Presentation on theme: "Life in New France. Clothing The women made and repaired the family's clothes. Women wore long dresses made out of wool, linen or hemp, or long skirts."— Presentation transcript:
Clothing The women made and repaired the family's clothes. Women wore long dresses made out of wool, linen or hemp, or long skirts and blouses. The material was spun and woven at home. In the winter, the women layered overgarments (shawls, scarves or capes) over their dresses. They always wore a bonnet tied with a ribbon at the chin. The men wore deerskin or mooseskin jackets and pants, held up by a leather belt. The men wore a traditional woolen hat called a tuque. These hats often had a tassle at the tip and were brightly coloured.
Root cellars in Quebec To keep warm, both men and women wore woolen underclothing and knit stockings. Gloves and shoes were made from leather. In winter they wore leather moccasins and lined their outer clothes with fur for extra warmth. The clothes were dyed various colours using plant dyes shown to them by the Native peoples. FOOD The habitants grew most of their own food. They grew wheat for bread, which they baked in outdoor clay ovens. Bread was one of the staples (most important) foods in New France. It was made daily, and it needed to be since the average person in New France ate two loaves per day. They also had barley and oats. They grew vegetables such as peas, beans, onions, carrots and cucumbers. These were kept in the root cellar for the winter. Jams were made from berries in the fall. Fruit was also dried. There was plenty of hunting and fishing. Habitants ate bacon, pork, chicken, venison, moose, wild ducks and geese as well as different varieties of fish, including eels.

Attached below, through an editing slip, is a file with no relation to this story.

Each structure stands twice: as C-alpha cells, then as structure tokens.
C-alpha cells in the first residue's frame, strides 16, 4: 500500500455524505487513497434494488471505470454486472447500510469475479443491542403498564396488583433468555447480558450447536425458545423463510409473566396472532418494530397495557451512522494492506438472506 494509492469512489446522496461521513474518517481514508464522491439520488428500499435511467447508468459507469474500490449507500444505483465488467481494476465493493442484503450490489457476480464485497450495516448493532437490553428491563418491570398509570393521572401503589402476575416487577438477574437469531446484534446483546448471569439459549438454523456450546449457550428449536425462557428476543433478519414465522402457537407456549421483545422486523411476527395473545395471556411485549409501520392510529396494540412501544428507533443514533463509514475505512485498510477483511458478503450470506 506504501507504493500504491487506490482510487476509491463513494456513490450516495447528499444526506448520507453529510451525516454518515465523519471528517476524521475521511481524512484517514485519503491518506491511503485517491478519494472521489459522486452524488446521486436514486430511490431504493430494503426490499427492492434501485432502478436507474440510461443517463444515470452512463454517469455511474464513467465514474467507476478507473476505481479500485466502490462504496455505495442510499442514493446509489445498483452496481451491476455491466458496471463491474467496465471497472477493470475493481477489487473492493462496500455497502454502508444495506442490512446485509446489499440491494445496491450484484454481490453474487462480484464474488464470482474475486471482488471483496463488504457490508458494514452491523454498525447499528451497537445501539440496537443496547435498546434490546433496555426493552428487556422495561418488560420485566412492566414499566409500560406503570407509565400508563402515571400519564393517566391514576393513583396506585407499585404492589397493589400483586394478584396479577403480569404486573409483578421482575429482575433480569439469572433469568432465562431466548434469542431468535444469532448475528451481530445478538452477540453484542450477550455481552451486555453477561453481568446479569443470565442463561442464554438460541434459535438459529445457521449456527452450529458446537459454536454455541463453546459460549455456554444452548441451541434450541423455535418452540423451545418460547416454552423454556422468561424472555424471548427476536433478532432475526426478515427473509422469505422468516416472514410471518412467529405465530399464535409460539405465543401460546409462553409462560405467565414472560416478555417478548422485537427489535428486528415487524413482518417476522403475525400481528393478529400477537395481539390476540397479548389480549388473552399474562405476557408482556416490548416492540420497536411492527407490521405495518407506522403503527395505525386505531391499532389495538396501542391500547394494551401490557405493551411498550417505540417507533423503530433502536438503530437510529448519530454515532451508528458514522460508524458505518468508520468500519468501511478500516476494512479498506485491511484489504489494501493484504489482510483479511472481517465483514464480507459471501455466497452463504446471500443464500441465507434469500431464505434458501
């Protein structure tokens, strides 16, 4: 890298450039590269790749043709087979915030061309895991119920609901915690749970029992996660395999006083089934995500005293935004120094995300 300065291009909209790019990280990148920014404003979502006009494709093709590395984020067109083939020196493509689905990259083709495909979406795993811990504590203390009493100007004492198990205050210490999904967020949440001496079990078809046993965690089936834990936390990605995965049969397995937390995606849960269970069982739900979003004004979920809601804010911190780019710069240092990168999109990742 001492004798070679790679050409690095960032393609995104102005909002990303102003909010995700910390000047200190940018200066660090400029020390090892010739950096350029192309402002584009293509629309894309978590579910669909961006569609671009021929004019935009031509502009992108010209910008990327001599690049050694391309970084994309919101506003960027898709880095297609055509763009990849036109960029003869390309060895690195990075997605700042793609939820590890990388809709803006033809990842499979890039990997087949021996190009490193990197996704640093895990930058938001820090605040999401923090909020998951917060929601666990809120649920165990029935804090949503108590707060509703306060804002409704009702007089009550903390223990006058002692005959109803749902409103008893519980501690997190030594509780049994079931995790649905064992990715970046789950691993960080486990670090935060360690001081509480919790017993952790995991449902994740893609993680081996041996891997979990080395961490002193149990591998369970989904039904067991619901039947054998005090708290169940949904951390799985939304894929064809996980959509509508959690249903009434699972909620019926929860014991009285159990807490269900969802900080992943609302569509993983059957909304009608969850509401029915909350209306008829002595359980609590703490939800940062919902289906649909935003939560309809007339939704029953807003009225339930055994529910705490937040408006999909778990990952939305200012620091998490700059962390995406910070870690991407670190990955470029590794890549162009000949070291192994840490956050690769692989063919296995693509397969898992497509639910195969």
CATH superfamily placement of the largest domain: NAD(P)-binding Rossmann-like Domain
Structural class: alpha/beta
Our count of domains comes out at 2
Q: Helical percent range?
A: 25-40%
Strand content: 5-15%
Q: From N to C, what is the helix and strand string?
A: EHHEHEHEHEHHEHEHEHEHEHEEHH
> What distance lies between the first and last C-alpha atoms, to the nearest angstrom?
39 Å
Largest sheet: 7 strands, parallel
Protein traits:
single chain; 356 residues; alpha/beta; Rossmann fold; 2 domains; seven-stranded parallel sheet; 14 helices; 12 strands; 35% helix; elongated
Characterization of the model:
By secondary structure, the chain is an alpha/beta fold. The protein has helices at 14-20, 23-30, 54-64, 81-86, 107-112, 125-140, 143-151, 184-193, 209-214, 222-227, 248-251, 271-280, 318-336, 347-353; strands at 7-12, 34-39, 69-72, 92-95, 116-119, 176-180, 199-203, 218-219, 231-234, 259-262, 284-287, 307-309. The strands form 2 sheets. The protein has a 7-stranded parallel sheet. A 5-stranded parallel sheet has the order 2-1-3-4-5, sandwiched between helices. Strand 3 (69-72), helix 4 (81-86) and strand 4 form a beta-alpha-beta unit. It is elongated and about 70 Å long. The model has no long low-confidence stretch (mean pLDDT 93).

Food tourtieres French pea soup making maple syrup The habitants traded for molasses and spices, which were used to flavour their cooking. Milk, bread and pancakes were served at breakfast. Soup, baked beans, meat or fish with lots of bread was served regularly. Pea soup was a traditional food as well as meat pies called tourtières. For dessert, a favourite was maple sugar pie, made with maple syrup and brown sugar. Natives in the area taught the habitants how to boil the sap from sugar maple trees to make maple syrup. Maple sap was also used to make maple sugar and hard maple candies. The habitants drank milk, apple cider and homemade beer.
Maple syrup Sugar maple trees, and therefore maple syrup were very abundant in New France. Over time, the people of New France developed a love of very sweet dishes and desserts. The amount of sugar in their diets was dramatically more than virtually every other culture in the world!! Take a look at the this traditional recipe for a New France maple sugar pie: Ingredients 1 single 9-inch pie shell 1 cup brown sugar 1½ cups maple syrup ½ cup cream or milk 4 eggs beaten separately (separate eggs and beat whites separately) 2 tablespoons melted butter ¼ teaspoon nutmeg Mix all ingredients except egg whites. Fold in egg whites. Pour mixture into pie crust. Bake at 350ºF for 35-40 minutes.
Meal time The typical person in New France ate four times per day. The first meal was eaten a few hours after getting up in the morning. It was usually pancakes (with maple syrup, of course), bread and milk. The noon meal (12:00) and a meal at around 4:00 pm was typically taken to the men who were working in the fields. This allowed the men to use most of the daylight hours for working, and not wasting time walking back and forth to the house for meals. These meals were usually bread, cheese and cold meats. The noon meals was usually a little bigger than the meal at 4:00.
Meals continued The largest meal of the day was eaten around 8:00 pm after all of the daily work had been done. This meal started with a soup, then a meat or fish dish, and vegetables and bread. This was washed down with plenty of milk, cider or homemade beer. For dessert, something sweet was always on the menu. This may include maple sugar pie, fresh berry pie, sugared fruit with cream, or something as simple as maple syrup over a slice or bread…just as long as it was sweet! The meals in New France were seldom elaborate, yet food was plentiful, and the variety was enough to keep the citizens happy and healthy.